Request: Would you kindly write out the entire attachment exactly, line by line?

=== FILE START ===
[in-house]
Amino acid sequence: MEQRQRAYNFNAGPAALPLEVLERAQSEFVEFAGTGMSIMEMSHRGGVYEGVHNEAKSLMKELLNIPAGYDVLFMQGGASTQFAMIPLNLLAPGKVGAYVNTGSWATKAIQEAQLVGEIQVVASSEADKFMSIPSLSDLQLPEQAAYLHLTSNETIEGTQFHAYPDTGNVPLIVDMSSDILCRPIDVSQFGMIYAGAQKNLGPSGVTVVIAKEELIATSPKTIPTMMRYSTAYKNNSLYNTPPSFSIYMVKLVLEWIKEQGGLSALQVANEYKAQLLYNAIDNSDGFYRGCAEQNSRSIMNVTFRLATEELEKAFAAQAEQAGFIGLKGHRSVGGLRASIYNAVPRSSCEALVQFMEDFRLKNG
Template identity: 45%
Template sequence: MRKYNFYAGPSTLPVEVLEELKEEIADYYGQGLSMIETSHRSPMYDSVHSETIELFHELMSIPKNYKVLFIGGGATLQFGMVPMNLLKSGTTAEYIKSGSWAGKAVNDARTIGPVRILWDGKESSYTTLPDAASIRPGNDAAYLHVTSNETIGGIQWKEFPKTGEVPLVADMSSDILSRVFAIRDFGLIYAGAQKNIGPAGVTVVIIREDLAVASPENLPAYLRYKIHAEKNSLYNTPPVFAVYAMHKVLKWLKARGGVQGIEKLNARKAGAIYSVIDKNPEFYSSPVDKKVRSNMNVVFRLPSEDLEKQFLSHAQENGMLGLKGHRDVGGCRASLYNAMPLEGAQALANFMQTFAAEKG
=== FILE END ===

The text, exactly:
[in-house]
Amino acid sequence: MEQRQRAYNFNAGPAALPLEVLERAQSEFVEFAGTGMSIMEMSHRGGVYEGVHNEAKSLMKELLNIPAGYDVLFMQGGASTQFAMIPLNLLAPGKVGAYVNTGSWATKAIQEAQLVGEIQVVASSEADKFMSIPSLSDLQLPEQAAYLHLTSNETIEGTQFHAYPDTGNVPLIVDMSSDILCRPIDVSQFGMIYAGAQKNLGPSGVTVVIAKEELIATSPKTIPTMMRYSTAYKNNSLYNTPPSFSIYMVKLVLEWIKEQGGLSALQVANEYKAQLLYNAIDNSDGFYRGCAEQNSRSIMNVTFRLATEELEKAFAAQAEQAGFIGLKGHRSVGGLRASIYNAVPRSSCEALVQFMEDFRLKNG
Template identity: 45%
Template sequence: MRKYNFYAGPSTLPVEVLEELKEEIADYYGQGLSMIETSHRSPMYDSVHSETIELFHELMSIPKNYKVLFIGGGATLQFGMVPMNLLKSGTTAEYIKSGSWAGKAVNDARTIGPVRILWDGKESSYTTLPDAASIRPGNDAAYLHVTSNETIGGIQWKEFPKTGEVPLVADMSSDILSRVFAIRDFGLIYAGAQKNIGPAGVTVVIIREDLAVASPENLPAYLRYKIHAEKNSLYNTPPVFAVYAMHKVLKWLKARGGVQGIEKLNARKAGAIYSVIDKNPEFYSSPVDKKVRSNMNVVFRLPSEDLEKQFLSHAQENGMLGLKGHRDVGGCRASLYNAMPLEGAQALANFMQTFAAEKG